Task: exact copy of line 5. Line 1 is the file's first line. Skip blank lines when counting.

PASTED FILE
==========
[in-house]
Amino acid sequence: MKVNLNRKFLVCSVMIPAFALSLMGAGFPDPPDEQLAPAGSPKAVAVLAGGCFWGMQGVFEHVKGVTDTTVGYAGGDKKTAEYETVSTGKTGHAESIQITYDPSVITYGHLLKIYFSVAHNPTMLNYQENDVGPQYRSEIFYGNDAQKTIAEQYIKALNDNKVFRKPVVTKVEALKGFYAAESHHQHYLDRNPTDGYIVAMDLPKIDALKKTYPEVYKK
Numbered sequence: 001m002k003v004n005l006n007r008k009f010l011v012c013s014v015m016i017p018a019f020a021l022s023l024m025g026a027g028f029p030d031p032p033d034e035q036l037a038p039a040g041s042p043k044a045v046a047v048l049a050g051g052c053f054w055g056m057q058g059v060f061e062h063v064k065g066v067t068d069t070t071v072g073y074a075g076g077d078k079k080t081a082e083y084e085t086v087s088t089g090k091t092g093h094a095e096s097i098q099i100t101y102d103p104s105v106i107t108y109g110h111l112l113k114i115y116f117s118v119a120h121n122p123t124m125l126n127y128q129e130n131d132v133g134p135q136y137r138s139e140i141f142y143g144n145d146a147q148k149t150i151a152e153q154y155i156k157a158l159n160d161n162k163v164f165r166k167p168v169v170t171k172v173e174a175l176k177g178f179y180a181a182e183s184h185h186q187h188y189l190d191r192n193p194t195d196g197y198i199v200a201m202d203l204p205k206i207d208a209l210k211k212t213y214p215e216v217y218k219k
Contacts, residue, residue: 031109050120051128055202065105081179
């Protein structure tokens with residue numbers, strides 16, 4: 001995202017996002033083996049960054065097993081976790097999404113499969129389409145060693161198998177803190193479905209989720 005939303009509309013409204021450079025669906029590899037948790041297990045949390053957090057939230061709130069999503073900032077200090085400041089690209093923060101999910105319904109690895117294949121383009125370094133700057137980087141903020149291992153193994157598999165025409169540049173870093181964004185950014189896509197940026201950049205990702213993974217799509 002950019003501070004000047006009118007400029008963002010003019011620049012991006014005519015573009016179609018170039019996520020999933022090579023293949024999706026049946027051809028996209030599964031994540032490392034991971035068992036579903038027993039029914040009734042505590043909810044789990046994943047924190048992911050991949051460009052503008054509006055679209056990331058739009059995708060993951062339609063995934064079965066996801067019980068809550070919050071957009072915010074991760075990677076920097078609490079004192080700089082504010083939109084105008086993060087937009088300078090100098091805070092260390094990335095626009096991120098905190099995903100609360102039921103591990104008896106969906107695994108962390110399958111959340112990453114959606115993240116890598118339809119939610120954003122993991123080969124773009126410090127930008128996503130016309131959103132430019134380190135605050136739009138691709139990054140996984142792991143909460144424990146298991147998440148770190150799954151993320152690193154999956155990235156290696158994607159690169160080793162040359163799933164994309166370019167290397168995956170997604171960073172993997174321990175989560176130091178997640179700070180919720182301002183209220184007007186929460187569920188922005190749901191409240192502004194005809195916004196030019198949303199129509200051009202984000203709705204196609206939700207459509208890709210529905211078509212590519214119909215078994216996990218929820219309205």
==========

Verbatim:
């Protein structure tokens with residue numbers, strides 16, 4: 001995202017996002033083996049960054065097993081976790097999404113499969129389409145060693161198998177803190193479905209989720 005939303009509309013409204021450079025669906029590899037948790041297990045949390053957090057939230061709130069999503073900032077200090085400041089690209093923060101999910105319904109690895117294949121383009125370094133700057137980087141903020149291992153193994157598999165025409169540049173870093181964004185950014189896509197940026201950049205990702213993974217799509 002950019003501070004000047006009118007400029008963002010003019011620049012991006014005519015573009016179609018170039019996520020999933022090579023293949024999706026049946027051809028996209030599964031994540032490392034991971035068992036579903038027993039029914040009734042505590043909810044789990046994943047924190048992911050991949051460009052503008054509006055679209056990331058739009059995708060993951062339609063995934064079965066996801067019980068809550070919050071957009072915010074991760075990677076920097078609490079004192080700089082504010083939109084105008086993060087937009088300078090100098091805070092260390094990335095626009096991120098905190099995903100609360102039921103591990104008896106969906107695994108962390110399958111959340112990453114959606115993240116890598118339809119939610120954003122993991123080969124773009126410090127930008128996503130016309131959103132430019134380190135605050136739009138691709139990054140996984142792991143909460144424990146298991147998440148770190150799954151993320152690193154999956155990235156290696158994607159690169160080793162040359163799933164994309166370019167290397168995956170997604171960073172993997174321990175989560176130091178997640179700070180919720182301002183209220184007007186929460187569920188922005190749901191409240192502004194005809195916004196030019198949303199129509200051009202984000203709705204196609206939700207459509208890709210529905211078509212590519214119909215078994216996990218929820219309205």